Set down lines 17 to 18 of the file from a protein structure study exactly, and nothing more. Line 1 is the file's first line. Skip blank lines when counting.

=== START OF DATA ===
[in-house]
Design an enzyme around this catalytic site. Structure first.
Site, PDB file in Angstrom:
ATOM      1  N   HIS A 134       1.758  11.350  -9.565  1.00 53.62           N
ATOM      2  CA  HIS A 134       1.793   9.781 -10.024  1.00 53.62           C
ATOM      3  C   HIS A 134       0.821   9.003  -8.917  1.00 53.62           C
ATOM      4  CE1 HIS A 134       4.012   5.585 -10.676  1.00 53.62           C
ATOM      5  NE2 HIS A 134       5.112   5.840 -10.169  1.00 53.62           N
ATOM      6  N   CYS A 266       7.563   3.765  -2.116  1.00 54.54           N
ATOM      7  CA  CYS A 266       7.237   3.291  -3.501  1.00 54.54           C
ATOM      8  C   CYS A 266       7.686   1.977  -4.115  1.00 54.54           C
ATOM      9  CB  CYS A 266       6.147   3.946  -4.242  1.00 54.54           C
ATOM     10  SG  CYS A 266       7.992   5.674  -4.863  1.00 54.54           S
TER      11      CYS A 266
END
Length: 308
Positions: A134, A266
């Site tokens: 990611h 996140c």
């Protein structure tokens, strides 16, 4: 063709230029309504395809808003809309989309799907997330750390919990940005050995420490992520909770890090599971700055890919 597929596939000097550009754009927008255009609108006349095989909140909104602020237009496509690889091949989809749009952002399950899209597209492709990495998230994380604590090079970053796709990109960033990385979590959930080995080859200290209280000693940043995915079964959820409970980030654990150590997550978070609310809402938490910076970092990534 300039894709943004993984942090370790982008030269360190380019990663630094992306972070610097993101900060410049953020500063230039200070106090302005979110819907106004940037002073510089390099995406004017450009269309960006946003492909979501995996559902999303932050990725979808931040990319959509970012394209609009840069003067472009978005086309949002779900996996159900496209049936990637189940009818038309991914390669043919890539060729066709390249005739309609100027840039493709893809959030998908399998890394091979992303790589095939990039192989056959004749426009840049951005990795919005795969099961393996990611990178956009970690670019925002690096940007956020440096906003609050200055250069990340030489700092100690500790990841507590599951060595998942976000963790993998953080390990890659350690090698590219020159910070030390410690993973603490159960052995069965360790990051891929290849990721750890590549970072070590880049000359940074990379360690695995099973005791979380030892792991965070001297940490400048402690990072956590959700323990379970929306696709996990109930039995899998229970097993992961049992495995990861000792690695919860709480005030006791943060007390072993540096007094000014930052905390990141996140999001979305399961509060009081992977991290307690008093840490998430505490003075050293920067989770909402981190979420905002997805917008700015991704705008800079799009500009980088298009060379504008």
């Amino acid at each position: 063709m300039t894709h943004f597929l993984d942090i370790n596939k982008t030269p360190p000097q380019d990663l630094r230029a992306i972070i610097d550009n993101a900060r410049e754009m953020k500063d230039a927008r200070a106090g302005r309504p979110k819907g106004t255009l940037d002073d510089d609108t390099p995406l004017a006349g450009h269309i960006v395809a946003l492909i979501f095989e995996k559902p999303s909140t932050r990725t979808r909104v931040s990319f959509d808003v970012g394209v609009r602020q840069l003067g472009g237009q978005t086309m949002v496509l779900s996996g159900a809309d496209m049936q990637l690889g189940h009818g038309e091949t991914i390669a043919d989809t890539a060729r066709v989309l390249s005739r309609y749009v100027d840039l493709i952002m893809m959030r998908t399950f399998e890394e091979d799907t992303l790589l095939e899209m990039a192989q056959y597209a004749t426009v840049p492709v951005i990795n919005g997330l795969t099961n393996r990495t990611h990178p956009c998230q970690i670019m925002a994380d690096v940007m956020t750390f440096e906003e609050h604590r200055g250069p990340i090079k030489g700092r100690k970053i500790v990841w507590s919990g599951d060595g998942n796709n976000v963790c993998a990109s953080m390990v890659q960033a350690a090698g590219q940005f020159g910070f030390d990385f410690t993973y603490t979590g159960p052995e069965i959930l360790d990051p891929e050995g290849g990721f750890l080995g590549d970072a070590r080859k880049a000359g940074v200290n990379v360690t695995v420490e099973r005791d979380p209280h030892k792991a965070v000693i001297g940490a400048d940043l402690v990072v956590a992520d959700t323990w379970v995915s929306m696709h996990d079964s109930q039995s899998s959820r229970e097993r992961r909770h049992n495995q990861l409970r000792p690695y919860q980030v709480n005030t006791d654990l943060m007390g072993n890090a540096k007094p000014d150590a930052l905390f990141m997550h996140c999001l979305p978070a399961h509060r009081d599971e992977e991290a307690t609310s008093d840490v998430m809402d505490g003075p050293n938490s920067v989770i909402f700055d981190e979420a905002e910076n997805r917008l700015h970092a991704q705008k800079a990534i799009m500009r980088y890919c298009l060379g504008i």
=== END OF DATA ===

Positions: A134, A266
């Site tokens: 990611h 996140c």